26-year-old graduate student Andrew Oberle, of St. Louis, Missouri and the University of Texas at San Antonio, was giving his first ever lecture to visitors at the Chimp Eden Sanctuary in South Africa when things went terribly wrong. Oberle, who during his undergrad at St. Mary’s was a Chi Phi, was apparently TFTC about the fact that he was standing in a restricted zone between the inner and outer fence of the chimp enclosure while giving his lecture. Generally no people, not even employees of the sanctuary, are allowed in that space. It became abundantly clear why no one was allowed in the area when two chimpanzees grabbed Oberle by the legs and dragged him under the electrified fence.
The chimpanzees then began to savagely beat and bite Oberle, eventually dragging him a half mile into the compound. It wasn’t until Eugene Cussons, host of TV’s “Escape to Chimp Eden,” fired a gun into the air to frighten the animals that the mauling finally stopped. When the attack ended Oberle had lost an ear as well as parts of several fingers. He also suffered severe bite injuries. He is currently in critical condition in a South African hospital, where he recently underwent emergency surgery.
This is what happens when George and his friends go from curious to furious, which for chimpanzees takes a grand total of three seconds. Anyone who has ever seen “Planet Earth” can tell you that nothing ruins your high (because who watches “Planet Earth” NOT high?) quite like watching those chimps go from adorable, tree swinging monkeys to brutal, territorial cannibals.
“Oh look man, a new monkey wants to be friends! Wait… wait… what’s going on? Oh God! No! NO! He just wants to be friends! OH GOD THEY’RE EATING HIM! Switch over to Squidbillies man, this shit’s too real for me right now.”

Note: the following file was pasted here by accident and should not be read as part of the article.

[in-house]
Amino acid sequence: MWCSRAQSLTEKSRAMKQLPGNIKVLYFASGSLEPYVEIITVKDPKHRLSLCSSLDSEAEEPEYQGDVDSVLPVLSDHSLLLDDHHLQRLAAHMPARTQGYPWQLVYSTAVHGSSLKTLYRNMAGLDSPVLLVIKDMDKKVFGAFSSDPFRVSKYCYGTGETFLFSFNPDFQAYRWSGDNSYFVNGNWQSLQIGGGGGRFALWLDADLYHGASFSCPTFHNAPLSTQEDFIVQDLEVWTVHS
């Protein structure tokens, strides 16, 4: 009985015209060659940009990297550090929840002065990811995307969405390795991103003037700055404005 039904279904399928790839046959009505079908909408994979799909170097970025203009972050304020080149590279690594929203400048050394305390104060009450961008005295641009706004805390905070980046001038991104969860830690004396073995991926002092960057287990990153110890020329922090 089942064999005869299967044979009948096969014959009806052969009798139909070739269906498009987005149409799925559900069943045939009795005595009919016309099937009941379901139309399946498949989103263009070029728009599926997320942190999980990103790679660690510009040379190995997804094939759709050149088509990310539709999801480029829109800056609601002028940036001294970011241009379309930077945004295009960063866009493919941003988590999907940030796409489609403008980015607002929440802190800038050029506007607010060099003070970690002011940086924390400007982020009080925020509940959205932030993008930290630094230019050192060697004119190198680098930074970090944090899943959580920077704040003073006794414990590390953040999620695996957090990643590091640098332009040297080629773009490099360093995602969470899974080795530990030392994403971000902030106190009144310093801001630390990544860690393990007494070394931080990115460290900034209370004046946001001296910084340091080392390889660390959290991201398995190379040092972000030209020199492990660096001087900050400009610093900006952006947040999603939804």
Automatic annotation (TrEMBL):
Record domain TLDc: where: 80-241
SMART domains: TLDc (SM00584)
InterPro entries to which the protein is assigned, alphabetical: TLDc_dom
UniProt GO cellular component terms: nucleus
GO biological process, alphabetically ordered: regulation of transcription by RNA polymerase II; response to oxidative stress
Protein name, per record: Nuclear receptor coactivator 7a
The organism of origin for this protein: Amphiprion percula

The attack against Oberle was not even the first such violent incident at the sanctuary. Not only was Oberle aware that the chimpanzees were violent, he documented as much on his Facebook page with this picture:
“Cozy threw a rock again, this time gashing open Stacy’s head. 4 stitches and alot of blood”
The chimpanzees, which aren’t native to South Africa, were moved there from further north. Many of the chimps are at the sanctuary after being rescued. Some lost their parents to poachers, who hunt the animals for their meat, while others were saved from cruel living conditions in which they were kept in small cages and used as roadside attractions, often being abused by their previous owners.
So let this be a lesson to anyone else interested in working with chimpanzees one day. Don’t wander too close to the cage of an extremely territorial animal that has the brain capacity of a toddler, the strength of two NFL linebackers, and severe PTSD. It will not end well for you.
Here’s hoping that Andrew Oberle makes a full recovery as quickly as possible.